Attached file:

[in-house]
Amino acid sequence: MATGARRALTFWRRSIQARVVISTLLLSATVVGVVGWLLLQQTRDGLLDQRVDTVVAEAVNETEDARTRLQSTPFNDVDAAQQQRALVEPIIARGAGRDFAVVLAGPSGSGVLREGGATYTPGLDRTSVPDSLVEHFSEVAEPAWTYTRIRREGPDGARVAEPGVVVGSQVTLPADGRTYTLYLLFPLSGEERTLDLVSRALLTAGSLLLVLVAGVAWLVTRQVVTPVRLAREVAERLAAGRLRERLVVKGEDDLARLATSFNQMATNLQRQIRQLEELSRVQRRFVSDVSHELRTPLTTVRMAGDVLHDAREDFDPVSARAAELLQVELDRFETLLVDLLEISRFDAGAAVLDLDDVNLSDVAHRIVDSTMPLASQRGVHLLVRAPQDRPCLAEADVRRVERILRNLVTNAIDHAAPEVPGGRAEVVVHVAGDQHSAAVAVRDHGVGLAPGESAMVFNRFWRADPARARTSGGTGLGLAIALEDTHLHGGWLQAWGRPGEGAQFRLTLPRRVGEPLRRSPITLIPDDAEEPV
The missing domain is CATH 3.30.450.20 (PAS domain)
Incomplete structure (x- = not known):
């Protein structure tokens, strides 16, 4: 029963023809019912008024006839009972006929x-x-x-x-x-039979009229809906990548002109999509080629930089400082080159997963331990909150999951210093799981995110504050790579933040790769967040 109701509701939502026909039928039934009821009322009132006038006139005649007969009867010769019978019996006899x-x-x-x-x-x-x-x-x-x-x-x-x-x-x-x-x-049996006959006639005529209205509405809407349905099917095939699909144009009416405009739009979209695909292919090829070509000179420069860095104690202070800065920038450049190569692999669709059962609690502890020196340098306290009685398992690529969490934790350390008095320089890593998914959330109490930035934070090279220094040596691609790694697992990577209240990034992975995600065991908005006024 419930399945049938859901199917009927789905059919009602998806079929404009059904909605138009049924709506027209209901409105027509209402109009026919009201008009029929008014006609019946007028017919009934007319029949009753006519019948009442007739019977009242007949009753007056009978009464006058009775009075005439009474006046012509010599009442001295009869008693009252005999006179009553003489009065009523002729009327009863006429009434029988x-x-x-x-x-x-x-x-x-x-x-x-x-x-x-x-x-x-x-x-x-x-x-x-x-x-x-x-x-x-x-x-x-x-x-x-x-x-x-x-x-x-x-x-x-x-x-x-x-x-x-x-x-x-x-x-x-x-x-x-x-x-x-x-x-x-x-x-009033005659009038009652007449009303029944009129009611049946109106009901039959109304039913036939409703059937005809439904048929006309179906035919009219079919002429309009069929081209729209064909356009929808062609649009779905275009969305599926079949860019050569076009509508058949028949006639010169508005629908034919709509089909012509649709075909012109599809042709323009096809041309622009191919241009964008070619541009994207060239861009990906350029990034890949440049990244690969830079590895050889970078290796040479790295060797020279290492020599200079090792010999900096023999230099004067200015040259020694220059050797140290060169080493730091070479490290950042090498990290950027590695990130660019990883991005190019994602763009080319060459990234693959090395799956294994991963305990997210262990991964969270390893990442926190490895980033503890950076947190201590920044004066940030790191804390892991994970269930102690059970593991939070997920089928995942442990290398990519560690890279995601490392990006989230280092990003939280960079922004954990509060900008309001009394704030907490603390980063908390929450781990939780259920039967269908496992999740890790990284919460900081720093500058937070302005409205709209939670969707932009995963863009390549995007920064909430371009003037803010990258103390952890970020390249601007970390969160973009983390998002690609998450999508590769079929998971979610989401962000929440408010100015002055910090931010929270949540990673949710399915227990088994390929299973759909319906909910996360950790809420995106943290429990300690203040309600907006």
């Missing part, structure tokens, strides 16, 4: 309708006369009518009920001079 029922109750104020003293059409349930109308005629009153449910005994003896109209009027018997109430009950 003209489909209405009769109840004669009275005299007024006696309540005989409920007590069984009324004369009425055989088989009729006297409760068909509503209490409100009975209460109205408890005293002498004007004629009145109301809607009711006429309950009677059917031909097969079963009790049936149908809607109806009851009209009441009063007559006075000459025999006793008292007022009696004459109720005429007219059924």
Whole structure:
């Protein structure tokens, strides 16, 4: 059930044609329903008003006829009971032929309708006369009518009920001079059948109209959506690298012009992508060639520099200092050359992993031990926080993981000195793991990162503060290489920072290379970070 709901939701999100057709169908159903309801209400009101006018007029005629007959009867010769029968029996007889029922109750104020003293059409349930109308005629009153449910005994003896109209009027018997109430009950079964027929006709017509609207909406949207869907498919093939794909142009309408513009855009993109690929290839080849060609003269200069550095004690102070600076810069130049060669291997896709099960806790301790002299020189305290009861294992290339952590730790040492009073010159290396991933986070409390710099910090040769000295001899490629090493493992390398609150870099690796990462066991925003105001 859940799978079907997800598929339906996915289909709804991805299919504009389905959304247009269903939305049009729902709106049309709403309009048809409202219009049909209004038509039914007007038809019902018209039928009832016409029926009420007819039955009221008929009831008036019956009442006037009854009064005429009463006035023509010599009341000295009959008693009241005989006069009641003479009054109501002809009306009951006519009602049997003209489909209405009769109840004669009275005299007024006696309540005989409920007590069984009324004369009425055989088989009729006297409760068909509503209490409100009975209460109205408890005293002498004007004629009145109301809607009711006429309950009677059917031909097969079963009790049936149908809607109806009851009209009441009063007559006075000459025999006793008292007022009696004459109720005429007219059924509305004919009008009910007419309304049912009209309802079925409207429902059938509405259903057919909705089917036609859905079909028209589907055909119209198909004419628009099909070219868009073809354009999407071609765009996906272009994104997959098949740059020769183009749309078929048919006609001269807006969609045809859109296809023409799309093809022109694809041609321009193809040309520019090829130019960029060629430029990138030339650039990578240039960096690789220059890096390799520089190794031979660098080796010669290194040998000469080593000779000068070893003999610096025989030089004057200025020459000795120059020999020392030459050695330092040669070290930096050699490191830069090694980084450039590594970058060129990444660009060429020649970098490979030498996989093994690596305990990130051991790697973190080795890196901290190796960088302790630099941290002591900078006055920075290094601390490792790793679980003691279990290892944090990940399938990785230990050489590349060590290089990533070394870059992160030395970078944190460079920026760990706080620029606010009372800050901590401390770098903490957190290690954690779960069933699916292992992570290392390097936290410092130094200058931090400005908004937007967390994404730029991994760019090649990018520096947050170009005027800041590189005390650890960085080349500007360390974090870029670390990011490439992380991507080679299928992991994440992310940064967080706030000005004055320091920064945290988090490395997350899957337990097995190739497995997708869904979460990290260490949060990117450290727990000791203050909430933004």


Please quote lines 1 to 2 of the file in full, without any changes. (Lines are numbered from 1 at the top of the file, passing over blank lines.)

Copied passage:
[in-house]
Amino acid sequence: MATGARRALTFWRRSIQARVVISTLLLSATVVGVVGWLLLQQTRDGLLDQRVDTVVAEAVNETEDARTRLQSTPFNDVDAAQQQRALVEPIIARGAGRDFAVVLAGPSGSGVLREGGATYTPGLDRTSVPDSLVEHFSEVAEPAWTYTRIRREGPDGARVAEPGVVVGSQVTLPADGRTYTLYLLFPLSGEERTLDLVSRALLTAGSLLLVLVAGVAWLVTRQVVTPVRLAREVAERLAAGRLRERLVVKGEDDLARLATSFNQMATNLQRQIRQLEELSRVQRRFVSDVSHELRTPLTTVRMAGDVLHDAREDFDPVSARAAELLQVELDRFETLLVDLLEISRFDAGAAVLDLDDVNLSDVAHRIVDSTMPLASQRGVHLLVRAPQDRPCLAEADVRRVERILRNLVTNAIDHAAPEVPGGRAEVVVHVAGDQHSAAVAVRDHGVGLAPGESAMVFNRFWRADPARARTSGGTGLGLAIALEDTHLHGGWLQAWGRPGEGAQFRLTLPRRVGEPLRRSPITLIPDDAEEPV